Using Population Health Surveys to Measure the Use of Services and the Prevalence of Psychiatric and/or Behavioural Conditions in Individuals with an Intellectual Disability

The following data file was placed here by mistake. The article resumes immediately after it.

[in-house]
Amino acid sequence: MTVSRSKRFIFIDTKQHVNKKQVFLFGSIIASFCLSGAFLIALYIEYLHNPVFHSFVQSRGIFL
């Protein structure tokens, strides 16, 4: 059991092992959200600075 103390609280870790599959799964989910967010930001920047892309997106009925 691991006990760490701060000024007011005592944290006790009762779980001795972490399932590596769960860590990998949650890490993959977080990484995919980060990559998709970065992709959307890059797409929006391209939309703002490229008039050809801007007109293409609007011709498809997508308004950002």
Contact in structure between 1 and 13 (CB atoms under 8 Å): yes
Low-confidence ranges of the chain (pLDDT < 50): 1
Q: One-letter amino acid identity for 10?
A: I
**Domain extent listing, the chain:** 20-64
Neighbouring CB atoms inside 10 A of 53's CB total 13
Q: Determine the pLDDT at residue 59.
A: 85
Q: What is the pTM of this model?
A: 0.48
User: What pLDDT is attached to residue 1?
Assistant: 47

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Background: Compared to the general population, individuals with intellectual disabilities have a higher prevalence of health problems, including psychiatric and/or behavioural conditions (dual diagnosis). Research suggests that the proportion of persons with intellectual disabilities who have a dual diagnosis ranges from 14% to 64% depending on the population studied and the diagnostic criteria used. However, there is little population-based information in Canada about people with such a dual diagnosis. Objectives: The aims of this study were to estimate the prevalence of psychiatric or behavioural conditions among adults with an intellectual disability in Canada, and to estimate the use of mental health services among these individuals. Methods: This study was a secondary analysis of two cross-sectional, population-based surveys (2005 Canadian Community Health Survey: CCHS and 2006 Participation and Activity Limitation Survey: PALS), and the 2008/09 Survey of Adults with Intellectual Disabilities in South Eastern Ontario: SAID-SEO. Relevant variables were identified in the surveys to answer the study objectives. Confidence intervals were provided for all estimates and the results were compared within subgroups for each survey, as well as between surveys. Results: The proportion of Canadian adults with an intellectual disability is 0.2% according to the CCHS and 0.5% according to the PALS. The proportion of individuals with a dual diagnosis was found to be 31% in the CCHS, 44% in the PALS, and 33% in the SAID-SEO. These prevalence estimates fall within the ranges reported in the literature. Lastly, the majority of adults with a dual diagnosis reported using health services in the past year. Conclusion: According to the three surveys examined (CCHS, PALS, SAID-SEO), psychiatric and behavioural conditions are present in about a third of the individuals with intellectual disabilities, which is in accordance with published literature. However, the estimates of the prevalence of intellectual disabilities in the CCHS and PALS were considerably lower when compared to the literature. Among the surveys, the PALS presented the highest quality of data regarding the population with a dual diagnosis. The surveys found that a majority of individuals with a dual diagnosis access some form of health services at least once a year.